How should we view China's New Assertive Action?

August 14, 2020

In a difficult time of COVID-19 crisis, the U.S.-China confrontation has deteriorated and China's new assertive actions such in Hong Kong and the East and South China Seas have become prominent. On 20 July, the Genron NPO held a webinar discussion with three speakers, Mr. Kai Kajitani, Professor of Kobe University, Mr. Toru Kurata, Professor of Rikkyo University and Dr. Akio Takahara, Professor of the Graduate School of Public Policy, the University of Tokyo.

"It is important not to turn to extreme ideas and review how Japan should act based on history and social backgrounds," Mr. Kajitani said. Mr. Kurata added, "Japan should ask China to respect democratic views of each country including Hong Kong, Taiwan and Japan and maintain peace in the region amid the U.S.-China confrontation." Dr. Takahara mentioned that given Japan's unique long-term relationship with China where 'competition' and 'cooperation' coexist will continue in the future, Japan should have smartness and ability to survive.

Yasushi Kudo, a moderator of this discussion and president of the Genron NPO pointed out, "the Japan-China collaboration on humanitarian aid during the pandemic until April, which has contributed to the improvement of public opinion. But, Japan is now confused with China's authoritarian diplomacy." With regard to the China's recent behavior changes, Mr. Kudo asked experts whether China has become offensive or just strengthened its own defense.

There is no clear vision

Dr. Takahara pointed out, "China's move is different in each sphere, but China's recent assertive actions in security front is a long-term trend for past several years and exercised its own power in the East and South China Seas as their strategic plan." Meanwhile he also added, "China still lacks its clear vision of how to build a stable order in the East Asia."

In Chinese behavior, Mr. Kudo said that Chinese public opinion towards the government seems to be improved with an increasing approval to the government's response to the outbreak and asked other experts its cause. Mr. Kajitani replied, "there was public distrust to the local authority in Wuhan, but soon later people were satisfied with the government's quick response to the pandemic such as the appointment of the prominent doctor with his outstanding work during the SARS, Mr. Zhong Nanshan, as a top of the China's COVID-19 Task Force.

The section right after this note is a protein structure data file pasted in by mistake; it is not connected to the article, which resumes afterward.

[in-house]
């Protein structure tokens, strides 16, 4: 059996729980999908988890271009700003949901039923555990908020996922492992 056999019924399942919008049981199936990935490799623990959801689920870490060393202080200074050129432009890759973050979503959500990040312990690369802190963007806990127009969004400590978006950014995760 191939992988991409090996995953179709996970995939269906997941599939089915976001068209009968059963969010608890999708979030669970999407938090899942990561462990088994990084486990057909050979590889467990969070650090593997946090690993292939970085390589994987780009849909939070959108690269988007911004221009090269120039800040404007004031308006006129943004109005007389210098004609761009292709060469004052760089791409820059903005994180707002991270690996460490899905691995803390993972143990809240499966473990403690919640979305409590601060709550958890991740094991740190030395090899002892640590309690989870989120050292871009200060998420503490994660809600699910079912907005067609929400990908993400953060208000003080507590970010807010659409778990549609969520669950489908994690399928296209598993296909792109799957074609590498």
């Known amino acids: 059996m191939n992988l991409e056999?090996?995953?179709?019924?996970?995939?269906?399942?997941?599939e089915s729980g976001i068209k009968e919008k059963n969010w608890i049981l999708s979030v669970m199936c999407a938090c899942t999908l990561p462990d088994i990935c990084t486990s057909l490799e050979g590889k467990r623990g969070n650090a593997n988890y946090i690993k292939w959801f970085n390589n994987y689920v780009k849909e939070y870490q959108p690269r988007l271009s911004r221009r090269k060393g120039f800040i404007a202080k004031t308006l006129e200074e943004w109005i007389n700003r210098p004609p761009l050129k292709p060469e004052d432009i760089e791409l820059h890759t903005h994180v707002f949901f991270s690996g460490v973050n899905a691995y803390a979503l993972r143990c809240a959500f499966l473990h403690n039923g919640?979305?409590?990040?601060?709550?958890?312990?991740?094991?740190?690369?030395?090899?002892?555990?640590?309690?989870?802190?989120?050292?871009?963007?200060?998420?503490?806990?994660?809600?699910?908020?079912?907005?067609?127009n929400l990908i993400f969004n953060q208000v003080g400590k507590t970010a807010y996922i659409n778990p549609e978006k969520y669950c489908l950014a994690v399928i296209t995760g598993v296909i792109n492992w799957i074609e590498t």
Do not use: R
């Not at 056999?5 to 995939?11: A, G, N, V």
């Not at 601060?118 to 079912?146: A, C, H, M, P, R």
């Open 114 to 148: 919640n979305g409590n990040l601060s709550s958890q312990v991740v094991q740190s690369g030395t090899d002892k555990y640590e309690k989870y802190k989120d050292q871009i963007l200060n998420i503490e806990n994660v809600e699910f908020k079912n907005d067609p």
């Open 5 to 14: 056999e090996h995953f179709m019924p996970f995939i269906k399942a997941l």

Securing employment as the China's biggest challenge

Moreover, Mr. Kajitani pointed out that China's economic measures were different from those of European countries and Japan. China was quite quick for its economic stimulus measure during the COVID-19 pandemic in aspects of supply such as providing financially affected business operators with loan funds. However, on the other hand, fearing expanding deficit, China was financially restrictive and decided not to provide individual benefit or financial support for business closure during the pandemic. Mr. Kajitani here stressed that China's biggest challenges now lies in domestic employment while lockdown somehow worked and Chinese economy has been showing a v-shaped recovery.

Sudden Radical Move: Hong Kong National Security Law
- Democratization and Foreign Interference in Hong Kong Affairs Pressured China

Mr. Kudo asked why China suddenly passed the Hong Kong National Security Law when it was obvious that further Chinese intervention in Hong Kong could cause a global backlash.

Mr. Kurata commented that the National Security Law should be treated as a part of the Hong Kong Basic Law and should be the affairs of the government of Hong Kong. However, he also pointed out that the prolonged and expanding demonstration by pro-democracy group has destabilized the national order. Besides, the democratic candidates obtained about 85% of the seats in the 2019 local election in Hong Kong, and the U.S. congress passed the Hong Kong Human Rights and Democracy Act in 2019. Those factors pressured the Chinese government to take a sudden and radical move.